BiblioCommons Commitment to Accessibility
Last updated: Feb 21, 2020
Public Libraries have long served their communities as welcoming, open, and inclusive built environments. As a digital service provider to Public Libraries, we know that the online experience we create needs to be welcoming and inclusive to people with a wide range of abilities. This includes those who rely on assistive technology to access online services, in addition to individuals with cognitive and digital-literacy challenges.
An important part of our commitment to those using assistive technology includes the implementation of Web Content Accessibility Guidelines (WCAG) 2.1 level AA, which we’ll just call the “Guidelines” for the rest of this document. Beyond these Guidelines, we have also set the goal of meeting the more broadly defined usability needs of users of assistive technology.
How Are We Doing This
The Guidelines serve as an internationally accepted measure of success for websites and online applications, and so we are using them to evaluate our current services and make changes and adjustments to better serve people with disabilities. We are committed to providing online services that not only meet but exceed the criteria set out by the Guidelines.
As part of our design and development process, we have worked with third-party experts to review our websites, identify accessibility goals based on the Guidelines and have created a plan to meet these goals as we update and improve our websites overall. Our team has been trained in how to implement the Guidelines in the design, development and testing of the websites and has made a number of significant changes to the services over the last year, and is working steadily to align all of the services with the Guidelines, and the regulations that use the Guidelines as their measure.
Steps We've Taken So Far
- We commissioned a professional audit of our websites and received recommendations that will bring the websites in line with the Guidelines.
- We have worked and will continue to work with our library partners to identify specific issues members of their communities are experiencing and address those issues.
Many of these improvements have already been completed. In each case, we have aimed for solutions that align both with the Guidelines and with more broadly defined principles of usability. These improvements include:
- Text Equivalents — We are working to ensure that images are accessible to people who use screen readers and other assistive technology by using appropriate alternative text.
- Site Structure — We are working to ensure that appropriate headings are used so that people can use the site with assistive technology.
Keyboard Access — Improving keyboard access for non-mouse input devices, including ongoing projects:
- to open modals, overlays or dialogs with the correct focus
- to make it easier to navigate headings, lists, paragraphs, links and buttons
- to ensure that forms are fully accessible.
- Magnification — We are working to ensure that the main workflows in our sites can be used by people with screen magnifiers.
- Color Contrast — Ensuring that color use on the websites does not compromise text legibility.
- We have also implemented design and review procedures that will align future features and development with the Guidelines.
How We Make It Sustainable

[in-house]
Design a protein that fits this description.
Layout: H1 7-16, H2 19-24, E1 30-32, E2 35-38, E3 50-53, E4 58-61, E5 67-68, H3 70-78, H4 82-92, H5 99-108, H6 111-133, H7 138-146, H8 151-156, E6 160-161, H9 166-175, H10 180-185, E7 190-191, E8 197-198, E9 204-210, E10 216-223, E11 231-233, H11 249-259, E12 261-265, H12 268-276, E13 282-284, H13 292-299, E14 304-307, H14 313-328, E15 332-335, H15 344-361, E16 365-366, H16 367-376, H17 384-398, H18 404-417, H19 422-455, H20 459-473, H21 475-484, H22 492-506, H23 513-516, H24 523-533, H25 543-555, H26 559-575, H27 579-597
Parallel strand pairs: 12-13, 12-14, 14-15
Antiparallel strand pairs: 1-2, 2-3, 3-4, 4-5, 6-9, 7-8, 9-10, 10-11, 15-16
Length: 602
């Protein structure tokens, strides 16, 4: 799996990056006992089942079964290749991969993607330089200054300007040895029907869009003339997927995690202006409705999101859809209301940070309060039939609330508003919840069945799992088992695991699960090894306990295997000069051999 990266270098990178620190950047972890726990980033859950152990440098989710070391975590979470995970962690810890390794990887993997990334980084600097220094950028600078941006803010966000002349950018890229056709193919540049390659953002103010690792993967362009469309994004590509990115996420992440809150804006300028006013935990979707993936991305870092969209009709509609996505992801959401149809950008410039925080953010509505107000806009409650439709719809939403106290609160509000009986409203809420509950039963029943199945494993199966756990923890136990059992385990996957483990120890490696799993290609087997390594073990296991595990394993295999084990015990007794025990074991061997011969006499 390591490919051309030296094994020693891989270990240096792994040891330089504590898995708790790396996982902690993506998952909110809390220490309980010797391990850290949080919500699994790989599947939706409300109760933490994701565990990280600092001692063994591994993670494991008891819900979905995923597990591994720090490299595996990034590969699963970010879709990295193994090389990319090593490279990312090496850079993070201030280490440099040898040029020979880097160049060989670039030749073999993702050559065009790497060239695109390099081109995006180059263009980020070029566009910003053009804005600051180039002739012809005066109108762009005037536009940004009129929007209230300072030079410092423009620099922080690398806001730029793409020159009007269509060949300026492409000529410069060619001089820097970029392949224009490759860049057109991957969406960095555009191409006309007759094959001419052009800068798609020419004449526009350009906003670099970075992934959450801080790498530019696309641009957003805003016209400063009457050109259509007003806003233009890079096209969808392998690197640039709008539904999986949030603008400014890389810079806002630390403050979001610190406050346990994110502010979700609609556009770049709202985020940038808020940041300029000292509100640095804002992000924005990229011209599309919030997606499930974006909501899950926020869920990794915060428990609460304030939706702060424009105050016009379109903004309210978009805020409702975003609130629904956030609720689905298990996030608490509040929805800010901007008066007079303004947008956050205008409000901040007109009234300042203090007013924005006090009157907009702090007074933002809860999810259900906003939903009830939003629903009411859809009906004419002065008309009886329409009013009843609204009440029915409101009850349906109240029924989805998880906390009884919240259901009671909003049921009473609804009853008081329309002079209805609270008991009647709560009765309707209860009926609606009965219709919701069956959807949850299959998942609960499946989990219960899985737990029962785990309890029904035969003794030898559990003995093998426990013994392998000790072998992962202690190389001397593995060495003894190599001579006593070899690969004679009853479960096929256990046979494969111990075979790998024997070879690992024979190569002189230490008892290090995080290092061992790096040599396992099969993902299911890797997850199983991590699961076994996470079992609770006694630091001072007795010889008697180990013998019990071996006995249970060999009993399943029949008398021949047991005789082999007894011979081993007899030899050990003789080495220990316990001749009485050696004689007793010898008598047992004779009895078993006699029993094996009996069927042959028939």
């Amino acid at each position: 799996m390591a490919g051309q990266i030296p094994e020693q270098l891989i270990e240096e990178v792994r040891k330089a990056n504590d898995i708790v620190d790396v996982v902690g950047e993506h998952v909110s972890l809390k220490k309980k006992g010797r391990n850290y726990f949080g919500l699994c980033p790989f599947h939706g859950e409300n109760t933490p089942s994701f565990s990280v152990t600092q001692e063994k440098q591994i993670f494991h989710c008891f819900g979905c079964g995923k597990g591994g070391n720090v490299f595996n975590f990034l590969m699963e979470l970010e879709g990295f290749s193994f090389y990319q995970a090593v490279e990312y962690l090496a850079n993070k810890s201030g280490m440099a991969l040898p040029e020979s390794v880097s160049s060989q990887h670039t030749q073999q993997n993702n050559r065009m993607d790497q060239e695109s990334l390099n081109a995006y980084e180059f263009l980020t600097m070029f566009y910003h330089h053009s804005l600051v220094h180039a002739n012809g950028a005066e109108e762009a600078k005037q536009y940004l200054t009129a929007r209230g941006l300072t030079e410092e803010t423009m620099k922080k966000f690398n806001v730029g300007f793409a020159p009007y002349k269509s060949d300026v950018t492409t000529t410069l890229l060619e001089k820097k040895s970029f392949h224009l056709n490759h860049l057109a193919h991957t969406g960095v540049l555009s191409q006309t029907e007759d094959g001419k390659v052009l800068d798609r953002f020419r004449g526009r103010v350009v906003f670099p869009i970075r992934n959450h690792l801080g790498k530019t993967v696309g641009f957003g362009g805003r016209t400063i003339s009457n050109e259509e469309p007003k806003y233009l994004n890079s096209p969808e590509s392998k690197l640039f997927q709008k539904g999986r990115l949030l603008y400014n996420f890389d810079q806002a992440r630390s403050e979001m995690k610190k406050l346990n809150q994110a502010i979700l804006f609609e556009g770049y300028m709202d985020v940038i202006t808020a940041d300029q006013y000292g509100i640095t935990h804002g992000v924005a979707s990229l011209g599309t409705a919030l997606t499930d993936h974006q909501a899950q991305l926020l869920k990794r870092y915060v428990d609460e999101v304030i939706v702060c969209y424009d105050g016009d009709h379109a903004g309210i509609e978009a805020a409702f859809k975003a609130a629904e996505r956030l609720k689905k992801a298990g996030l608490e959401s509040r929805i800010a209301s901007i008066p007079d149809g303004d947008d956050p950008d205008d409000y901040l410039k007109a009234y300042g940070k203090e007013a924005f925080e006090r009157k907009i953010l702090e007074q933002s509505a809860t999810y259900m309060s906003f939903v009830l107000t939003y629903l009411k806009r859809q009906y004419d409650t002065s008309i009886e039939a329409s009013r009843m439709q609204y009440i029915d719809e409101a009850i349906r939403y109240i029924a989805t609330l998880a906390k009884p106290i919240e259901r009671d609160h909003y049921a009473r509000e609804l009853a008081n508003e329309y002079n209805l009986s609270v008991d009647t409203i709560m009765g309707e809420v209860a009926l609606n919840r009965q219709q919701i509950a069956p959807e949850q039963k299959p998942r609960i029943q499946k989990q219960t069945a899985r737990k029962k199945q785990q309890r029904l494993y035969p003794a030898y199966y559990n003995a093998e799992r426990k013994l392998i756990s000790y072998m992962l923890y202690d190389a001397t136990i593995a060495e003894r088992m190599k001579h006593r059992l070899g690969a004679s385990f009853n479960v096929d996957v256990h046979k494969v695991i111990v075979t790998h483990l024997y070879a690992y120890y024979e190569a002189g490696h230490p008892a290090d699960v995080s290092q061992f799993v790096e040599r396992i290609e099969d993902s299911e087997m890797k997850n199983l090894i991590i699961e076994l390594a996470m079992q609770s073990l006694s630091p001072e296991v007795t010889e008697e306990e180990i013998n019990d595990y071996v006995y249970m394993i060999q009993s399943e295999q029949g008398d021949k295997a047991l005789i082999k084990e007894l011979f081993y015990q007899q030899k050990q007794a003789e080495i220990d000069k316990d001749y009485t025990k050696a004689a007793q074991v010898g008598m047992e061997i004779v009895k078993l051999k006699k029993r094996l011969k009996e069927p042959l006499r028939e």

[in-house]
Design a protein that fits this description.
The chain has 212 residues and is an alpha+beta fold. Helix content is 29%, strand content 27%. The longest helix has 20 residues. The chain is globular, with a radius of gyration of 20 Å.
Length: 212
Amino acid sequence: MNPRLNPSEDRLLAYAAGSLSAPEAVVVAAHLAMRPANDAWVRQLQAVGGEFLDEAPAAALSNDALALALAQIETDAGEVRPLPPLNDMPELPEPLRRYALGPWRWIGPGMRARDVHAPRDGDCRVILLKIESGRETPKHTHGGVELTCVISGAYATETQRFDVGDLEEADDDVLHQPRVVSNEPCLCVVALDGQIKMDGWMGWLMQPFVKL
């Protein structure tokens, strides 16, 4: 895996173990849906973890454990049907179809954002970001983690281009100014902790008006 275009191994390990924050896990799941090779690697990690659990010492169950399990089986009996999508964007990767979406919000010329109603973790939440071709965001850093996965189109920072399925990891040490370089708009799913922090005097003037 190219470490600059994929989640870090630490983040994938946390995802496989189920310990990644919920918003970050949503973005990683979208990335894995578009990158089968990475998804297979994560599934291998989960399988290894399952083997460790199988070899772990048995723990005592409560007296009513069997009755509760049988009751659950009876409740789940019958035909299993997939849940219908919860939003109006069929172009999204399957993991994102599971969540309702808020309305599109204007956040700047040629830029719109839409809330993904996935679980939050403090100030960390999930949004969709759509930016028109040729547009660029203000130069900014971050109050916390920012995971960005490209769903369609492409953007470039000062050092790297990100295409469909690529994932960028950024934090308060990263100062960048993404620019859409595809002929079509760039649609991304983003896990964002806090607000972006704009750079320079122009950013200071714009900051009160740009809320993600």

We have taken a few steps to ensure that accessibility is not a one-time project, but becomes an ongoing process of improvement.
- Our product team includes accessibility and usability criteria for any new feature or improvements to existing features.
- The User Experience (UX) team approaches new designs and improvements through the lens of the Guidelines and usability practices.
- As our development teams write new code for those designs, they are refining consistent practices for accessibility according to the Guidelines and usability insights, and applying those systematically to the application.
- Our Quality Assurance team tests each new feature using a variety of assistive technology such as screen readers and high contrast displays.
- We have put in place automated tests to ensure that new changes do not violate the basic structures recommended in the Guidelines.
In addition, our teams have developed internal standards and processes to ensure that both new and current employees have the knowledge and tools they need to make the right choices for accessibility and usability throughout the product development process.
Are We There Yet?
We have covered a lot of ground, but we know we have more work to do. Over the course of 2019, we queued a number of remaining workflows for improvement, and continued to scrutinize and improve our services. We have planned additional work for 2020. As of this update we have a few significant undertakings in flight including: the BiblioCore item details page, which is the last high-traffic page to be made fully accessible; continued improvements to the BiblioWeb library website page builder modules, as well as our whole newly redesigned iOS native app and forthcoming Android app. We appreciate your patience as we continue to take steps to make our services accessible and usable for all.
About Third Party Content and Features
Our online products may include content and utilities from third party sites and products. We cannot control or correct any issues with this content or its accessibility, but it’s important for us to be able to pass on any accessibility issues to the creators of those sites.
Feedback or Questions?
If you experience an accessibility issue with BiblioCommons websites or you have any questions or accessibility concerns, please contact your library.Contact Name Allison Lew
Contact Email firstname.lastname@example.org